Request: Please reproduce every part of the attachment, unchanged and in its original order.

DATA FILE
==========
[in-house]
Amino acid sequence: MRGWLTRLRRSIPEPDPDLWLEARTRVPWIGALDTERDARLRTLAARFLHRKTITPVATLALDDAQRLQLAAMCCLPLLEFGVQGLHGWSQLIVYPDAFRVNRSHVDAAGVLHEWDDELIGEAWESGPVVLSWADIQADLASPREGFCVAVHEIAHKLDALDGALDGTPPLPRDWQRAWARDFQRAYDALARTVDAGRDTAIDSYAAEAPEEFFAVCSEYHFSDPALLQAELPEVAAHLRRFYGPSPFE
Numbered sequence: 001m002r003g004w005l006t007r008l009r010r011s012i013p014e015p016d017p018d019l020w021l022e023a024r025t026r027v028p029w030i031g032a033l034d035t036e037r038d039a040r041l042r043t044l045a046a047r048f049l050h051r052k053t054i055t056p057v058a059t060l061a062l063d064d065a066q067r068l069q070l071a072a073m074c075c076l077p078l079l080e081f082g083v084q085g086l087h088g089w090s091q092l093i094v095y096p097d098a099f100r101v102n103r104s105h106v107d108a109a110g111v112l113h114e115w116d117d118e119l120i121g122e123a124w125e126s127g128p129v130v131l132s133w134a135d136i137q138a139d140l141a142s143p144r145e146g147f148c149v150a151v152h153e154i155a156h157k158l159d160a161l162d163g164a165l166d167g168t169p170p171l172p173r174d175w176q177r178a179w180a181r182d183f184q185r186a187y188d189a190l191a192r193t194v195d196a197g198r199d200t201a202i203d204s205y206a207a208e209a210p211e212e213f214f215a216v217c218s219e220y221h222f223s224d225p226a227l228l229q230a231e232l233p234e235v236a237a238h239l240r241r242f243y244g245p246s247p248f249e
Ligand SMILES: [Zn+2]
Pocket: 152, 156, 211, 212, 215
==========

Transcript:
[in-house]
Amino acid sequence: MRGWLTRLRRSIPEPDPDLWLEARTRVPWIGALDTERDARLRTLAARFLHRKTITPVATLALDDAQRLQLAAMCCLPLLEFGVQGLHGWSQLIVYPDAFRVNRSHVDAAGVLHEWDDELIGEAWESGPVVLSWADIQADLASPREGFCVAVHEIAHKLDALDGALDGTPPLPRDWQRAWARDFQRAYDALARTVDAGRDTAIDSYAAEAPEEFFAVCSEYHFSDPALLQAELPEVAAHLRRFYGPSPFE
Numbered sequence: 001m002r003g004w005l006t007r008l009r010r011s012i013p014e015p016d017p018d019l020w021l022e023a024r025t026r027v028p029w030i031g032a033l034d035t036e037r038d039a040r041l042r043t044l045a046a047r048f049l050h051r052k053t054i055t056p057v058a059t060l061a062l063d064d065a066q067r068l069q070l071a072a073m074c075c076l077p078l079l080e081f082g083v084q085g086l087h088g089w090s091q092l093i094v095y096p097d098a099f100r101v102n103r104s105h106v107d108a109a110g111v112l113h114e115w116d117d118e119l120i121g122e123a124w125e126s127g128p129v130v131l132s133w134a135d136i137q138a139d140l141a142s143p144r145e146g147f148c149v150a151v152h153e154i155a156h157k158l159d160a161l162d163g164a165l166d167g168t169p170p171l172p173r174d175w176q177r178a179w180a181r182d183f184q185r186a187y188d189a190l191a192r193t194v195d196a197g198r199d200t201a202i203d204s205y206a207a208e209a210p211e212e213f214f215a216v217c218s219e220y221h222f223s224d225p226a227l228l229q230a231e232l233p234e235v236a237a238h239l240r241r242f243y244g245p246s247p248f249e
Ligand SMILES: [Zn+2]
Pocket: 152, 156, 211, 212, 215